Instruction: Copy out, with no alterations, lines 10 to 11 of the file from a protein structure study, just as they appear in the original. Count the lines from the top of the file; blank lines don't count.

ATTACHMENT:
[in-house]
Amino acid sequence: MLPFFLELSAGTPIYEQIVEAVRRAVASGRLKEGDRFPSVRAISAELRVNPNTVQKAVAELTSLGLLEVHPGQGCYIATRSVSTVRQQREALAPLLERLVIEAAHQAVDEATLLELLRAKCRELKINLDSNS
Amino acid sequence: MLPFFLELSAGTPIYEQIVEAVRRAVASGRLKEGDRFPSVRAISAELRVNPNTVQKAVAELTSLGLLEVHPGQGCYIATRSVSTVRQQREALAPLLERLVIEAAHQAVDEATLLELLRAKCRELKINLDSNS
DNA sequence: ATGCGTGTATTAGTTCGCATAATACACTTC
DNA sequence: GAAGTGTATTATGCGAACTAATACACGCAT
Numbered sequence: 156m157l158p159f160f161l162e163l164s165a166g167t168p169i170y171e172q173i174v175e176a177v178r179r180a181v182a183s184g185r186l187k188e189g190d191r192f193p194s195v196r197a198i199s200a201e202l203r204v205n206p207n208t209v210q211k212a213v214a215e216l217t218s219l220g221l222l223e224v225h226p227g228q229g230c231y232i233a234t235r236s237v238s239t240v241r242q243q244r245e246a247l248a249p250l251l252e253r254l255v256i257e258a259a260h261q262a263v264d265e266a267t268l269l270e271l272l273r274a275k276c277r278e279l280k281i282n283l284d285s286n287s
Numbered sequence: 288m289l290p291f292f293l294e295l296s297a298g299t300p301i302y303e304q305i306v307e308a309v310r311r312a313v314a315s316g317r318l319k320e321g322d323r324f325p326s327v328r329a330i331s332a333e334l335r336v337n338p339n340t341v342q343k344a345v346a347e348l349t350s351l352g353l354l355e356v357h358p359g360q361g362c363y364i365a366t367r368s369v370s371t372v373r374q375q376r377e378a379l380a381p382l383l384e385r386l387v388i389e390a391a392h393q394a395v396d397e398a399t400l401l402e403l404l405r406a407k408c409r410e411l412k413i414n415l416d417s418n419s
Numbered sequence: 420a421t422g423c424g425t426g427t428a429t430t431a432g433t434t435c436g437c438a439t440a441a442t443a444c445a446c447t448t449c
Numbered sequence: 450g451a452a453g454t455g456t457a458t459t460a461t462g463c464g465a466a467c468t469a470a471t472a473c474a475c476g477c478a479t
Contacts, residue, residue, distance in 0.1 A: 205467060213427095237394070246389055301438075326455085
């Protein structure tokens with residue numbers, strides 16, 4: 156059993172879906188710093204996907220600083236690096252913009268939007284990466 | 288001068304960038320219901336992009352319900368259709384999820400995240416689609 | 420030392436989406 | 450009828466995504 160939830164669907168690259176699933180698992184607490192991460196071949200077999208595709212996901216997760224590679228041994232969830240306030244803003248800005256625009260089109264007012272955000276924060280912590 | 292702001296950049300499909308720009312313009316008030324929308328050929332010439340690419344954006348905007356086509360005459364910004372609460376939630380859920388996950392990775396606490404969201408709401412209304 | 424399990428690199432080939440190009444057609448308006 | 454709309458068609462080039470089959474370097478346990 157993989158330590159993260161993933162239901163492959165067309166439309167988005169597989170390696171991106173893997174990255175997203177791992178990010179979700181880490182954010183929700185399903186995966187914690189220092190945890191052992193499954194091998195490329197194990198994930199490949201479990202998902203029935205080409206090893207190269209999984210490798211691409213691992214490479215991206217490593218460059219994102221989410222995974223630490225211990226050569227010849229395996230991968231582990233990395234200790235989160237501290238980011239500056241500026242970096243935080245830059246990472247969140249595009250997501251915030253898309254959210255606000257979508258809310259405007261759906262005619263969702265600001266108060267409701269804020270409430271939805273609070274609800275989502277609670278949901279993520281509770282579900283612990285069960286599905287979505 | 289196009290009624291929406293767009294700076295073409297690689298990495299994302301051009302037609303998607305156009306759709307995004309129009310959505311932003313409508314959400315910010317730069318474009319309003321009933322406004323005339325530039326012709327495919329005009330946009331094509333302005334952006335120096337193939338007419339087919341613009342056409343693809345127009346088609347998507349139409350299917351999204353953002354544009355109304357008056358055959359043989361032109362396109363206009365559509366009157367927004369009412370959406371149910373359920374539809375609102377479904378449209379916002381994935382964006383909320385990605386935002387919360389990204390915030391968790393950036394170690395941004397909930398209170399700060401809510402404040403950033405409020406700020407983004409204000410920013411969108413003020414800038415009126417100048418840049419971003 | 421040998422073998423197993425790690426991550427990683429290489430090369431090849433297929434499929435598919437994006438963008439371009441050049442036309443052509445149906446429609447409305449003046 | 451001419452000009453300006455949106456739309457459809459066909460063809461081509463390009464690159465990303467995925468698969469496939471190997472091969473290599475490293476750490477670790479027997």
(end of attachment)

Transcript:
Contacts, residue, residue, distance in 0.1 A: 205467060213427095237394070246389055301438075326455085
């Protein structure tokens with residue numbers, strides 16, 4: 156059993172879906188710093204996907220600083236690096252913009268939007284990466 | 288001068304960038320219901336992009352319900368259709384999820400995240416689609 | 420030392436989406 | 450009828466995504 160939830164669907168690259176699933180698992184607490192991460196071949200077999208595709212996901216997760224590679228041994232969830240306030244803003248800005256625009260089109264007012272955000276924060280912590 | 292702001296950049300499909308720009312313009316008030324929308328050929332010439340690419344954006348905007356086509360005459364910004372609460376939630380859920388996950392990775396606490404969201408709401412209304 | 424399990428690199432080939440190009444057609448308006 | 454709309458068609462080039470089959474370097478346990 157993989158330590159993260161993933162239901163492959165067309166439309167988005169597989170390696171991106173893997174990255175997203177791992178990010179979700181880490182954010183929700185399903186995966187914690189220092190945890191052992193499954194091998195490329197194990198994930199490949201479990202998902203029935205080409206090893207190269209999984210490798211691409213691992214490479215991206217490593218460059219994102221989410222995974223630490225211990226050569227010849229395996230991968231582990233990395234200790235989160237501290238980011239500056241500026242970096243935080245830059246990472247969140249595009250997501251915030253898309254959210255606000257979508258809310259405007261759906262005619263969702265600001266108060267409701269804020270409430271939805273609070274609800275989502277609670278949901279993520281509770282579900283612990285069960286599905287979505 | 289196009290009624291929406293767009294700076295073409297690689298990495299994302301051009302037609303998607305156009306759709307995004309129009310959505311932003313409508314959400315910010317730069318474009319309003321009933322406004323005339325530039326012709327495919329005009330946009331094509333302005334952006335120096337193939338007419339087919341613009342056409343693809345127009346088609347998507349139409350299917351999204353953002354544009355109304357008056358055959359043989361032109362396109363206009365559509366009157367927004369009412370959406371149910373359920374539809375609102377479904378449209379916002381994935382964006383909320385990605386935002387919360389990204390915030391968790393950036394170690395941004397909930398209170399700060401809510402404040403950033405409020406700020407983004409204000410920013411969108413003020414800038415009126417100048418840049419971003 | 421040998422073998423197993425790690426991550427990683429290489430090369431090849433297929434499929435598919437994006438963008439371009441050049442036309443052509445149906446429609447409305449003046 | 451001419452000009453300006455949106456739309457459809459066909460063809461081509463390009464690159465990303467995925468698969469496939471190997472091969473290599475490293476750490477670790479027997």